Somewhere along the line, this erstwhile primatologist became a brand. Now her name on a book guarantees hard-cover sales in the mid seven figures. In this she resembles Jared Diamond, who has parlayed an academic career studying birds in Papua New Guinea into a series of popular cross-disciplinary books that have a devoted middle-brow following (WEIRD). Now, it is my dearest wish to become a brand, either in my own name or that of my blog, but as Jane's recent fall from grace illustrates, there are dangers.

Seeds of Hope credits a co-author - Gail Hudson - and it is reasonable to assume that it was she who was largely responsible for both the plagiarized and un-plagiarized portions of the text. Jane has relied upon Gail for her previous two books and, as a brand, the sometime primatologist has less and less time for writing: Brand's outline - they ensure conformity to the brand - but write? hell no! Be assured, at this prepupal stage in the development my brand identity, every stolen word, lifted passage and un-credited apercu on this blog is uniquely the work of yours truly.

I first became conscious of the word common as a descriptor of those open lands that were neither populated nor farmed in the parts of 'Darkest Surrey' where I grew up. Our local common was called Heaven's Gate - named perhaps, for its elevational prominence, for it rose slightly above the riverine flatlands that bordered the River Wey, a southern tributary of the Thames, that shaped the string of villages and towns that were studded between these empty, vaguely louche lands that we called commons. Here were smoked our first cigarettes, and if sufficiently precocious, undertook our first romantic trysts.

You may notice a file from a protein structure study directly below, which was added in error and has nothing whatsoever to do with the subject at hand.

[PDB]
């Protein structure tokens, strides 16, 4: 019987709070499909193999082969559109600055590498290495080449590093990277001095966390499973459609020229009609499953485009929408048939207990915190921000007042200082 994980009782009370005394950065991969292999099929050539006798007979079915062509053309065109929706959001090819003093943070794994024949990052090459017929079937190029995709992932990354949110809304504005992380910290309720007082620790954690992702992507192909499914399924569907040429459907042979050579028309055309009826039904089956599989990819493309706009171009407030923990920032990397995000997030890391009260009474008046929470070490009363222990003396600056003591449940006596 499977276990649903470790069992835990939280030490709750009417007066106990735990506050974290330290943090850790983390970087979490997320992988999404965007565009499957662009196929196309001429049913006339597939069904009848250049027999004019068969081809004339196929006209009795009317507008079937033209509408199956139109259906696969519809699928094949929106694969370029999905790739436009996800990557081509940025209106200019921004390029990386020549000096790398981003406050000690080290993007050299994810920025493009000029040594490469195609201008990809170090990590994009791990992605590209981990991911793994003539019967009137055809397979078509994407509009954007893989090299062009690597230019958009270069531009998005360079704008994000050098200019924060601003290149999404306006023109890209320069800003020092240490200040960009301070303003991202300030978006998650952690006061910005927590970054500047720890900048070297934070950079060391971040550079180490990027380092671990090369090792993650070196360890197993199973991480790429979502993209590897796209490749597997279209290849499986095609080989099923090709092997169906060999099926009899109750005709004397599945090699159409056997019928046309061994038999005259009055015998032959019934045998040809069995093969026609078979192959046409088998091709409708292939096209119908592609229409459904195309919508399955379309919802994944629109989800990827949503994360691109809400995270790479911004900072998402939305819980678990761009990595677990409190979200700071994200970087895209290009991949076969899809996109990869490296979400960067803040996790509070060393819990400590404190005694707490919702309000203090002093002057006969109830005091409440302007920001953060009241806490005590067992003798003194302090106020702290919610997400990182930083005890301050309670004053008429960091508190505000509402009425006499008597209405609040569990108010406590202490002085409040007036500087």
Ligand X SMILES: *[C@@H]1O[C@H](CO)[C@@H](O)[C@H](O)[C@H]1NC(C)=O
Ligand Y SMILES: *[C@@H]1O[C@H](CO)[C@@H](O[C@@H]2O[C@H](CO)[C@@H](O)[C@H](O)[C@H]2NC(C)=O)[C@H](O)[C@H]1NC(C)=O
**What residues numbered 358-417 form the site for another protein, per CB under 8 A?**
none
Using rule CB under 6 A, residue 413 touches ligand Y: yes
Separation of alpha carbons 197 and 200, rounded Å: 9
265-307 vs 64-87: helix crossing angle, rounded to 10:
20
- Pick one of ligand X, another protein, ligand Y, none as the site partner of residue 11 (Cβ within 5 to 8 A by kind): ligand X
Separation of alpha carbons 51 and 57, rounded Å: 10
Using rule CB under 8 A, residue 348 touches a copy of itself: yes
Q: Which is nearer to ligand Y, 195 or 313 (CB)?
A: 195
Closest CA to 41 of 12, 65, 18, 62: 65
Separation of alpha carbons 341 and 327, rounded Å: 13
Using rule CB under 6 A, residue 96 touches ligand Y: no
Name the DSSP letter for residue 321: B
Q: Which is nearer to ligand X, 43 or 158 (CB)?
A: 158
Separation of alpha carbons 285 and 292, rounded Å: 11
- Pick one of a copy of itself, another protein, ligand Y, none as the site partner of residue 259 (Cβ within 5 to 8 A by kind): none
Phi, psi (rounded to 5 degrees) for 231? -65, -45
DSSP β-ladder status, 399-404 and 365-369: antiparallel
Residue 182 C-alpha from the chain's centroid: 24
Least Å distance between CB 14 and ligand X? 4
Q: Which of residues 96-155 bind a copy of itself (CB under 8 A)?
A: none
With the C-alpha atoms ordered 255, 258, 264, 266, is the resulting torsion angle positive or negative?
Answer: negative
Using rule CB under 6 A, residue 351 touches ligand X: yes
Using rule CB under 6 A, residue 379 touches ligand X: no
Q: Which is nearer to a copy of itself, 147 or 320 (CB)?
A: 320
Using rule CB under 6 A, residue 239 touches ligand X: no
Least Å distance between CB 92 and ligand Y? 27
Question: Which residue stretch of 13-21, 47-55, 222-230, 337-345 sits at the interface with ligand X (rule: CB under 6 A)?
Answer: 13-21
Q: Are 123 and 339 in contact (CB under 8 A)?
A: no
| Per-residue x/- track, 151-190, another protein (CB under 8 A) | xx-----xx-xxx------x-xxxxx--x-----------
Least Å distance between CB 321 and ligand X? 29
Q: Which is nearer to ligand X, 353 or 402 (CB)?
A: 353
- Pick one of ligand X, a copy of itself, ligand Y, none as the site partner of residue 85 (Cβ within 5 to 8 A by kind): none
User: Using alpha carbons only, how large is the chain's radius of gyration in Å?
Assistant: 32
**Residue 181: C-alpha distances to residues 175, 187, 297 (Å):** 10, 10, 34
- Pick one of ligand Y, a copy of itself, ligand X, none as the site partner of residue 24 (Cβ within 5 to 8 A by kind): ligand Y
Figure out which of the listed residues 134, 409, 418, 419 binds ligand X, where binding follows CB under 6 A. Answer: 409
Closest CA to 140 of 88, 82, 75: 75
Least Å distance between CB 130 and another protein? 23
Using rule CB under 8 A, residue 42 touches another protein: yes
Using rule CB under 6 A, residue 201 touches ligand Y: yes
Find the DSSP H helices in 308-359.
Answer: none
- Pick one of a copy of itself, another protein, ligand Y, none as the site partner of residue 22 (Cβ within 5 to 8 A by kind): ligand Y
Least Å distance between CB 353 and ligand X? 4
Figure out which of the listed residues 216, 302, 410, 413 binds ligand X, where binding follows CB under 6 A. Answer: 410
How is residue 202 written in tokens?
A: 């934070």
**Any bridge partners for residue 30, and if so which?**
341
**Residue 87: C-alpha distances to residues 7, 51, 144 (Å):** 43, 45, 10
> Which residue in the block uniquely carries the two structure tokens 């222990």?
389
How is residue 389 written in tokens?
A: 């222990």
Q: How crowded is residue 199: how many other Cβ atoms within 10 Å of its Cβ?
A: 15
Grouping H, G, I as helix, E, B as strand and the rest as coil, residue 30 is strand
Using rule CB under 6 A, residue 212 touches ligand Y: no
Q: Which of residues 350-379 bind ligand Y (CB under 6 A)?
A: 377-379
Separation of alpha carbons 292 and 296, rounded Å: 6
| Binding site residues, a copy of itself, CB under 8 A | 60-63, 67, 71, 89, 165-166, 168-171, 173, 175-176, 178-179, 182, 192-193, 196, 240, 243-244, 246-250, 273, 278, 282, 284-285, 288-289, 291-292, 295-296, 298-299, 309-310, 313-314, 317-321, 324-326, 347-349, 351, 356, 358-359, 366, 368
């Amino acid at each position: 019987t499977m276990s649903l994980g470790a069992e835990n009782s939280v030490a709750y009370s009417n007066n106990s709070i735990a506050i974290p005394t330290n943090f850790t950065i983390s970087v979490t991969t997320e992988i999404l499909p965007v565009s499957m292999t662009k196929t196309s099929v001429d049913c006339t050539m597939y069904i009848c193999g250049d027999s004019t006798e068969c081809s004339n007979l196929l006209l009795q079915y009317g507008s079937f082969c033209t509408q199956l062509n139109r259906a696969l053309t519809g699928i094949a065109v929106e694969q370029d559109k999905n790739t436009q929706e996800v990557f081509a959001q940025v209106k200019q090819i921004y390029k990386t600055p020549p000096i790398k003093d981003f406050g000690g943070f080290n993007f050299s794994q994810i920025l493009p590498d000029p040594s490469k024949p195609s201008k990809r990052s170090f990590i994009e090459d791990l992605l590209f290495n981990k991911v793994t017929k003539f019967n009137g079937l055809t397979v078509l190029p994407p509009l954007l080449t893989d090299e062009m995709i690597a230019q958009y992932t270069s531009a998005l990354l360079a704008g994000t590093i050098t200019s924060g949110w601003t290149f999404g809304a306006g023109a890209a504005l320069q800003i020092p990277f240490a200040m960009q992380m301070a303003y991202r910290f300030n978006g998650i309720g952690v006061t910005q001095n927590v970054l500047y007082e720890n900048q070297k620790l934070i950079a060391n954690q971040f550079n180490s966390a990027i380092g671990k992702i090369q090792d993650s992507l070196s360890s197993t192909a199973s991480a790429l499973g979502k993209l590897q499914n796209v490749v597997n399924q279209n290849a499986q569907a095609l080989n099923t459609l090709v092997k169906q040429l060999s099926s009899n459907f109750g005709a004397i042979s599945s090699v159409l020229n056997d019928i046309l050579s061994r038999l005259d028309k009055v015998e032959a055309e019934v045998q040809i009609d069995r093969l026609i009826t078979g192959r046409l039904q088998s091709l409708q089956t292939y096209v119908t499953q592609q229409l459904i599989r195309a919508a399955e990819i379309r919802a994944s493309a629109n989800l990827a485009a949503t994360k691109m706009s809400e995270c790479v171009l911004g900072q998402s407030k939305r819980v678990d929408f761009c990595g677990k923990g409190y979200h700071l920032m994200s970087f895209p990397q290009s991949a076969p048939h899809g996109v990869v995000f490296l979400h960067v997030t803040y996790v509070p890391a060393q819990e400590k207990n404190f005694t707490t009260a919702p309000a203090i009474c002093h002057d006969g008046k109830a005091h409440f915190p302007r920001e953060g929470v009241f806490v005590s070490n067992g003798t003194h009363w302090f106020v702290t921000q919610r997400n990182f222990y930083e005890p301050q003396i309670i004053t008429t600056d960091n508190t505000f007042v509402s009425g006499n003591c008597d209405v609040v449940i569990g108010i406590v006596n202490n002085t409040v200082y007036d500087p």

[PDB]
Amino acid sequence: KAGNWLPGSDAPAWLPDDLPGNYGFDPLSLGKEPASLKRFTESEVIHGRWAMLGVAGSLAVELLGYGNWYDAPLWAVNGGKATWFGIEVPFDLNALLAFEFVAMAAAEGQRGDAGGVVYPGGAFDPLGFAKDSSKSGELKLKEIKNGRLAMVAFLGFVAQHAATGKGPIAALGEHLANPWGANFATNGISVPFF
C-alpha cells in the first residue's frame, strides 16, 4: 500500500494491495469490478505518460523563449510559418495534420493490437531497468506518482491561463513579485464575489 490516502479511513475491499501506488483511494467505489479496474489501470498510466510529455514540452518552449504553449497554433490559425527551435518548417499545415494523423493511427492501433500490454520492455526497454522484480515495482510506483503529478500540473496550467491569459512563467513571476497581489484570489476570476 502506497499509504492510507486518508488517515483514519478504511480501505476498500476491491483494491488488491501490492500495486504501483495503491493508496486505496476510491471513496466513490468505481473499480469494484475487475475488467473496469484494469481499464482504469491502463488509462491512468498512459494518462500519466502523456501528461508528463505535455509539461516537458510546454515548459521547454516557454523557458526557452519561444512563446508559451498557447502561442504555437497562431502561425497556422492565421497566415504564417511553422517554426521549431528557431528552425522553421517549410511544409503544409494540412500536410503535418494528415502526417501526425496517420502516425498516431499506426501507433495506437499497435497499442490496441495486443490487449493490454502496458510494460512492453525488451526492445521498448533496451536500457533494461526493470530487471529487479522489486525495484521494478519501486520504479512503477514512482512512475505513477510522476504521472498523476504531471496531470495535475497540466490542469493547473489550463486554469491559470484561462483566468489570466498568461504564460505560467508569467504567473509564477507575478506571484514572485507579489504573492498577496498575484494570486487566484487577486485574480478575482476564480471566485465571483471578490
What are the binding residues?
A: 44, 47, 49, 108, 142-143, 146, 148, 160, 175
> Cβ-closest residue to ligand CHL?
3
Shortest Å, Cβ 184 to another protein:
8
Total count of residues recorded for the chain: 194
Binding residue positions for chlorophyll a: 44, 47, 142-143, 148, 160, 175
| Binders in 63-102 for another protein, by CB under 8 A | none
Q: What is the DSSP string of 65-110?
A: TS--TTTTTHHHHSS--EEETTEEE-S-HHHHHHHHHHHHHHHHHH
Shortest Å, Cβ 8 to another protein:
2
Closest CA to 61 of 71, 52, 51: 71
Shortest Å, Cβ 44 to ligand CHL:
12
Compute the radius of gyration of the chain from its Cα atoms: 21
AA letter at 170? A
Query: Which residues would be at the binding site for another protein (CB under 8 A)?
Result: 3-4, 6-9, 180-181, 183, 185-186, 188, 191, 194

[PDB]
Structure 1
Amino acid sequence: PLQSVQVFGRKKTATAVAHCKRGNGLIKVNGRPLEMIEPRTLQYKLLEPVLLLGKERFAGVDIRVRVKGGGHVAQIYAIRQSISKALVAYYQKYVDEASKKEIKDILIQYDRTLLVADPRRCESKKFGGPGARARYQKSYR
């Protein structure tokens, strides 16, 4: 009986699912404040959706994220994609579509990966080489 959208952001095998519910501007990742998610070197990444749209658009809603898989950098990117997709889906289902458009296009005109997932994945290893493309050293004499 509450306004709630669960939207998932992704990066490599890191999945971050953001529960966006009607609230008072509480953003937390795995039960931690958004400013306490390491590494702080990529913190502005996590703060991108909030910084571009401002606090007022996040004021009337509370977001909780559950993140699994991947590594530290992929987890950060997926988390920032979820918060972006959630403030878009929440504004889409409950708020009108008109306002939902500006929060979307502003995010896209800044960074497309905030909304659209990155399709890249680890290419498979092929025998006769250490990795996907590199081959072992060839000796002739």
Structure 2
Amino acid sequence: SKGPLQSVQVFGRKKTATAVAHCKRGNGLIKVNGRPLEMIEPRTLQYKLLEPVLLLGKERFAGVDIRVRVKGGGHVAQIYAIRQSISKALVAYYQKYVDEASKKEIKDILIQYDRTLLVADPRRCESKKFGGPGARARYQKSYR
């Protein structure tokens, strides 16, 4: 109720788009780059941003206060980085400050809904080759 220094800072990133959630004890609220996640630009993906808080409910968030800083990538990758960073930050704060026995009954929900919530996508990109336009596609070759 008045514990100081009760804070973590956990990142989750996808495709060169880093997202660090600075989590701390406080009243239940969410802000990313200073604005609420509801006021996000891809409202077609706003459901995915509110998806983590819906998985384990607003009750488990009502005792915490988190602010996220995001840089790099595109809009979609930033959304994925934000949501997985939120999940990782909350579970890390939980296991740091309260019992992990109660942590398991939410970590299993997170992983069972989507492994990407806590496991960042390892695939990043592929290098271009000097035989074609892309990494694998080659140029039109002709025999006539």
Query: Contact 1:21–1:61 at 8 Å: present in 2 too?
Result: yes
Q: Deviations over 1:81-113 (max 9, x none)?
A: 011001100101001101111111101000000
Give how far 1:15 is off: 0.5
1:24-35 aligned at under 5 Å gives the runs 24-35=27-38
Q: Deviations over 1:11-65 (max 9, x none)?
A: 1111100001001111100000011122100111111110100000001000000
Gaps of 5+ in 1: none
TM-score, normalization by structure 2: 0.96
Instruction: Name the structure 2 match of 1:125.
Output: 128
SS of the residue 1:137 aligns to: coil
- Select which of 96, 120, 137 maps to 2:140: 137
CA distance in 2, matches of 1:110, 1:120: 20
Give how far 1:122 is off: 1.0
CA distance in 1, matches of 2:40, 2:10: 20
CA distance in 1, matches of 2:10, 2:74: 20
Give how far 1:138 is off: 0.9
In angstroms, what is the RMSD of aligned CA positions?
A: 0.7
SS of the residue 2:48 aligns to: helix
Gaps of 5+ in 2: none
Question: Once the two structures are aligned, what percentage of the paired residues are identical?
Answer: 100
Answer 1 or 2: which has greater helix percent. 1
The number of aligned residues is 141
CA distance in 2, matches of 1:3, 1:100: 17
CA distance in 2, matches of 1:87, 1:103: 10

I now realize that the Common's characteristic scrubland vegetation of bracken, gorse and heather indicated their unsuitability for agriculture. These sandy wastelands were spared from the grasping local gentry who would otherwise have acquired them, had they been worth fencing, through the Enclosure Acts of the early nineteenth century. Happily these lands remained wild and free through the year's of my 'growing-up'; today, Heaven's Gate is riven by the A-3, a major vehicular artery between London and Portsmouth.

In her first book about the vegetal, as opposed to the animal world, Jane Goodall relies on the words of un-credited experts, largely culled from the web by her indefatigable Gail-Friday; but a simple walk through the wilds (or commons) can establish connections with Nature's freely accessible data bases. Sentient beings, as the Transcendentalists understood, can acquire truths in tramping the land that require no crediting - but demand a very un-academic willingness to embrace the non-empirical, to open oneself to the swirling power of the etheric landscape. This should be common knowledge.

Meanwhile, we await the arrival of the DPLA, an unfenced knowledge commons which promises to nourish us toilers in the vineyard of creative non-fiction. However, we should all be mighty afeared of the Gentry - the media barons and their political lackeys in Washington - who, if they see value in these digital collections will endeavor to pay-wall them in (as is currently the case with many academic papers). Perhaps, like gypsies tramps and thieves, we can then retreat to obscure corners of the web where will survive pockets of freely available arcana in the virtual knowledge-scrublands. Or, take a walk in the real woods. Here in the urban wildland I plan to continue doing both.